6502 Disassembler

If you examine the source code of a lot of different emulators, they are usually a big morass of embedded macros. At first, I thought that the people that wrote them were trying to be clever and avoid duplicate code, but the cleverness greatly obfuscated (complicated) the code. But as I debugged all the typos and cut & paste errors in my "clearly coded" 8080 emulator it occurred to me - a big advantage of the embedded macro approach is that it greatly cuts down on mistakes by virtually eliminating the cut and paste errors.

So I tried an approach to try to get the best of both worlds - straightforward, clean code but with the mistake avoidance of the macro approach. I wrote a file full of data about the 6502 opcodes, and wrote scripts to generate several different things. Then assuming the source data is correct, the generated data will also be correct. The same data can generate:

The scripts are written in python (tested in python 2.7). I formatted the data is formatted as csv - python has built-in functions to manipulate CSV. The data in the file looks like this:

   0x4c,JMP,ABS,3,3,czidbvn    
   0x69,ADC,IMM,2,2,CZidbVN    
   0x0a,ASL,ACC,1,2,CZidbvN    

The fields are: opcode, nemonic, addressing mode, instruction bytes, cycles to execute, effected flags.

The disassembler can be generated completely. Each instruction's addressing mode tells the disassembler how many bytes in the instruction (this could also be inferred by the addressing mode), and how to format the assembly instructions.

The python code to generate the disassembler is pretty simple. First, it builds a dictionary where the key is the opcode and the value is an array with the rest of the data.

   ops=csv.reader(open(sys.argv[1], 'rb'))    
   opdict = {}    
   for op in ops:    
    #ignore lines of formats I don't recognize    
    # allows for blanks and comments    
    if len(op) == 6:    
        opcode=int(op[0],16)    
        opdict[opcode] = [op[1], op[2], op[3], op[4], op[5]]    

The contents of the dictionary after this code executes:

   {    
   0: ['BRK', 'IMP', '1', '7', 'czidbvn'],    
   1: ['ORA', 'INDX', '2', '6', 'cZidbvN'],    
   5: ['ORA', 'ZP', '2', '3', 'cZidbvN'],    
   6: ['ASL', 'ZP', '2', '5', 'CZidbvN'],    
   8: ['PHP', 'IMP', '1', '3', 'czidbvn'],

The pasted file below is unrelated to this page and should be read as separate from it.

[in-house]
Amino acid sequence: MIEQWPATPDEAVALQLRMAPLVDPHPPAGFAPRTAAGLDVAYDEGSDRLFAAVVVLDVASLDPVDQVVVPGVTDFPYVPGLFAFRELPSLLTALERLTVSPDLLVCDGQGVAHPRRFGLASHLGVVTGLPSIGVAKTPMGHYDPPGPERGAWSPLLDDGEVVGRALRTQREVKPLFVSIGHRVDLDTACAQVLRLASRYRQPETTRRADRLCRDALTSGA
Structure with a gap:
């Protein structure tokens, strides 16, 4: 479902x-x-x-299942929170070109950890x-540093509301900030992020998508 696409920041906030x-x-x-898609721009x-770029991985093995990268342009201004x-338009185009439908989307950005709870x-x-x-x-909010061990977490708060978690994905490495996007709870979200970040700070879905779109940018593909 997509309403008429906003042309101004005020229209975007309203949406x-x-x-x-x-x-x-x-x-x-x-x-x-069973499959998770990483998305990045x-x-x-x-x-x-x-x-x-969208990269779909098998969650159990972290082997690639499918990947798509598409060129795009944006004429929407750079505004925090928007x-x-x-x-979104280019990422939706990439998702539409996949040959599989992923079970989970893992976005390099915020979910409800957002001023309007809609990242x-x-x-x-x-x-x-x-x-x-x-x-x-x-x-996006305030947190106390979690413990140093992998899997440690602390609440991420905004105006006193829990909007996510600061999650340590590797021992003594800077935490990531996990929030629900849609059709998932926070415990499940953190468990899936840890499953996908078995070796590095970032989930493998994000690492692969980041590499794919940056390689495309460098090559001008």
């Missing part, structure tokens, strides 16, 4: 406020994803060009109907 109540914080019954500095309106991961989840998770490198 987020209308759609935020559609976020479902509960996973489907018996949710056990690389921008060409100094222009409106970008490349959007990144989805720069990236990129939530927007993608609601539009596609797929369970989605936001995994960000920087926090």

9: ['ORA', 'IMM', '2', '2', 'cZidbvN'],    
   #etc....    

Then I sort the keys, and loop through the keys, and use the addressing mode to know how to print the disassembler for each op. Here is a flavor of that python code:

   opnums = opdict.keys()    
   opnums.sort()    
   for op in opnums:    
    #disassemble depends on addressing mode    
    addressingmode = opdict[op][1]    
    if addressingmode == "IMP":    
        print 'case 0x%02x: sprintf(opstr, "%s"); break;' % (op, opdict[op][0])    
    elif addressingmode == "ACC":    
        print 'case 0x%02x: sprintf(opstr, "%s A"); break;' % (op, opdict[op][0])    
    elif addressingmode == "IMM":    
        print 'case 0x%02x: sprintf(opstr, "%s %s", opcodes[1]); count = 2; break;' % (op, opdict[op][0],"#$%02x")    
    elif addressingmode == "ABS":    

Running the script prints out C code that looks like this:

   case 0x00: sprintf(opstr, "BRK"); break;    
   case 0x01: sprintf(opstr, "ORA ($%02x,X)", opcodes[1]); count = 2; break;    
   case 0x05: sprintf(opstr, "ORA $%02x", opcodes[1]); count = 2; break;    
   case 0x06: sprintf(opstr, "ASL $%02x", opcodes[1]); count = 2; break;    
   case 0x08: sprintf(opstr, "PHP"); break;    
   case 0x09: sprintf(opstr, "ORA #$%02x", opcodes[1]); count = 2; break;    

I paste that into a C shell program that is very similar to the code I wrote for the 8080 disassembler.

Here is some code printed out by my disassembler. This is the beginning of the program to the Missle Command arcade game (the first instruction of the program starts in memory at $7B4C).

   7B4C A2 FF    LDX #$ff    
   7B4E 9A       TXS    
   7B4F D8       CLD    
   7B50 A2 00    LDX #$00    
   7B52 8A       TXA    
   7B53 78       SEI    
   7B54 95 00    STA $00,X    
   7B56 9D 00 01 STA $0100,X    
   7B59 CA       DEX    
   7B5A D0 F8    BNE $f8    
   7B5C A9 40    LDA #$40    
   7B5E 8D 00 48 STA $4800    
   7B61 AD 00 49 LDA $4900    
   7B64 29 40    AND #$40    
   7B66 F0 04    BEQ $04    
   7B68 58       CLI    
   7B69 4C 13 50 JMP $5013    
   7B6C 4C 87 7C JMP $7c87    
   7B6F 8D 00 4C STA $4c00    
   7B72 E6 E9    INC $e9    
   7B74 AD 00 49 LDA $4900    
   7B77 10 34    BPL $34    
   7B79 E6 8D    INC $8d    
   7B7B A5 C6    LDA $c6    

You can download a copy of my CSV file, the python script to generate the disassembler, and the C source (including the shell) to the disassembler below. It is source code that will compile for command line as described here. The python script was tested on python 2.7 but is really basic - it will probably work at least back to python 2.4.

I also used the same technique and data to generate the 6502 reference page that I added to the site. I'll include those files too.

View my 6502 disassembler (also in the github project)

View project of the 6502 reference material geneartor

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